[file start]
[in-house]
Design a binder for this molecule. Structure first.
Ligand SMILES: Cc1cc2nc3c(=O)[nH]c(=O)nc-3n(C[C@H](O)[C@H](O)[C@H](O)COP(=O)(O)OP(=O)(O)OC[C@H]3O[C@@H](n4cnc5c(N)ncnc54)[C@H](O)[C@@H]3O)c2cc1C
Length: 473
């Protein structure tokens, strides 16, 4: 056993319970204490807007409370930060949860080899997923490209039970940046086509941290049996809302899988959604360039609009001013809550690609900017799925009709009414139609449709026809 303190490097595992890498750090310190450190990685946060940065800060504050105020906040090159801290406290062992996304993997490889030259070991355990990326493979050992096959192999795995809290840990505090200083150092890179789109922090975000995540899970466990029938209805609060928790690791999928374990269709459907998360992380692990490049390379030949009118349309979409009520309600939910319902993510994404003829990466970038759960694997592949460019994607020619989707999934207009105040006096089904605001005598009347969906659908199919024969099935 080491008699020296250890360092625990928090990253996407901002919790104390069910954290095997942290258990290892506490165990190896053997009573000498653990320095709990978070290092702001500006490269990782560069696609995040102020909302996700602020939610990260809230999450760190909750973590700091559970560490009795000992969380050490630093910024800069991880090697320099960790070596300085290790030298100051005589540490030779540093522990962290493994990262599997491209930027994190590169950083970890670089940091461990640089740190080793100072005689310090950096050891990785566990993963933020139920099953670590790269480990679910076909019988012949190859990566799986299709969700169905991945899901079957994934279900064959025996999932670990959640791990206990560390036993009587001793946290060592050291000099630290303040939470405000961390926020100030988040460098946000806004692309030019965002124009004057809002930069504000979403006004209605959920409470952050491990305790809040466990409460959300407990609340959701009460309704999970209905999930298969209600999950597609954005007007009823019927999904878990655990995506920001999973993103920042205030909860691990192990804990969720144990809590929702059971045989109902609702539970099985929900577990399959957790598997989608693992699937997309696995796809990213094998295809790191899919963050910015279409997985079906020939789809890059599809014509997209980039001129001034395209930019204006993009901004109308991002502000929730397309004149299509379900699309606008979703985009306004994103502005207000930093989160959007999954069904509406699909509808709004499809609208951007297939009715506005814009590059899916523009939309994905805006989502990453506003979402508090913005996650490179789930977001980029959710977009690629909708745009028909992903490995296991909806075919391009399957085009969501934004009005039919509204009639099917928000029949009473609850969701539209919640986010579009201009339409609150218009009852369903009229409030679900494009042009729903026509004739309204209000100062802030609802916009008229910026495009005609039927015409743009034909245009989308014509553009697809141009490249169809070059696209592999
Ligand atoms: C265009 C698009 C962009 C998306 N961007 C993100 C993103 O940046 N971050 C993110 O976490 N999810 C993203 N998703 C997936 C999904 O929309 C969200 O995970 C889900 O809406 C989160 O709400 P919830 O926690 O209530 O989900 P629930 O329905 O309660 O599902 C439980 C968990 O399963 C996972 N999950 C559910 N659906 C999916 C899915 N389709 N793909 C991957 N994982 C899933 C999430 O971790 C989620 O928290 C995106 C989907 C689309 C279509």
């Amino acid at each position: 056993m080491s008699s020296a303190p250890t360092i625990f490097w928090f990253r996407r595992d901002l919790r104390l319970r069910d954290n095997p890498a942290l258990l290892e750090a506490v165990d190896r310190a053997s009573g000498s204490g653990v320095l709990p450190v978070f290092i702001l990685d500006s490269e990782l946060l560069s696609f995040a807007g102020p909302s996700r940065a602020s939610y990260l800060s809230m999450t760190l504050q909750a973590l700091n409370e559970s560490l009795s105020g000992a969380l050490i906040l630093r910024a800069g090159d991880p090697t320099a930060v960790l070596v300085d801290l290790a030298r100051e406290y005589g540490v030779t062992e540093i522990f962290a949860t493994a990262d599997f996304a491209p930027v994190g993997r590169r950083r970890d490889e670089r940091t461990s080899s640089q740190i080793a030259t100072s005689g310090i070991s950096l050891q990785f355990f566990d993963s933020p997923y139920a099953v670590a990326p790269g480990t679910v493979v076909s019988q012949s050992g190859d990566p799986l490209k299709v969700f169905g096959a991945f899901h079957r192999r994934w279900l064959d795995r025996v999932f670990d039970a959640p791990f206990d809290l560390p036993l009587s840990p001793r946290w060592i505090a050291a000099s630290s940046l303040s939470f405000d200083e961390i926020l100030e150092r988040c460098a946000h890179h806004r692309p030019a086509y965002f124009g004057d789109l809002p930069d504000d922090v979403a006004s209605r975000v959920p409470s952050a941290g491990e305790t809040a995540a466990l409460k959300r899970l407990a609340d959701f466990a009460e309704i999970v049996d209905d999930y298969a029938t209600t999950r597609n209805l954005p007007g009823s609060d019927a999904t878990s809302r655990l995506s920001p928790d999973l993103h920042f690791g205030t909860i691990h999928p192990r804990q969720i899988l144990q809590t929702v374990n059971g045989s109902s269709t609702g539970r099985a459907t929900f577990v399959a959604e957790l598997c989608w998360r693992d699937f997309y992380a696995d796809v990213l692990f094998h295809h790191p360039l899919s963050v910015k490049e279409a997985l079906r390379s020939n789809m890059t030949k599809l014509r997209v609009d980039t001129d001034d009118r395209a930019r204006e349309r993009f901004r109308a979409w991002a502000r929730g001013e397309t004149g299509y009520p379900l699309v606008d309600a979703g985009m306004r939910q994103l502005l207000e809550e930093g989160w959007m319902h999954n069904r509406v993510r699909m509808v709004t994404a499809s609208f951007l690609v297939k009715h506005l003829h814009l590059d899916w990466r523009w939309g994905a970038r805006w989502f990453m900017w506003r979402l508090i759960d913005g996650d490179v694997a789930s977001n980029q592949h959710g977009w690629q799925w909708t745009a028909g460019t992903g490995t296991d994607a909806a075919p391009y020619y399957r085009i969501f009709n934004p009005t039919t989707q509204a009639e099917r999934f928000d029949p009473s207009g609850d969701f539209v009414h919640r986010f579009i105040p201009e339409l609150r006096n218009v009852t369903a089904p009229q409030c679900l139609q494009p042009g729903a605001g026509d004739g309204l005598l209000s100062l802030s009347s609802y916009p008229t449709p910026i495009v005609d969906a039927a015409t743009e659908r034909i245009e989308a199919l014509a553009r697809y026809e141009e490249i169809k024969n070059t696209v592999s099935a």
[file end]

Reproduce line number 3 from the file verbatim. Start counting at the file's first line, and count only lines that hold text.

Ligand SMILES: Cc1cc2nc3c(=O)[nH]c(=O)nc-3n(C[C@H](O)[C@H](O)[C@H](O)COP(=O)(O)OP(=O)(O)OC[C@H]3O[C@@H](n4cnc5c(N)ncnc54)[C@H](O)[C@@H]3O)c2cc1C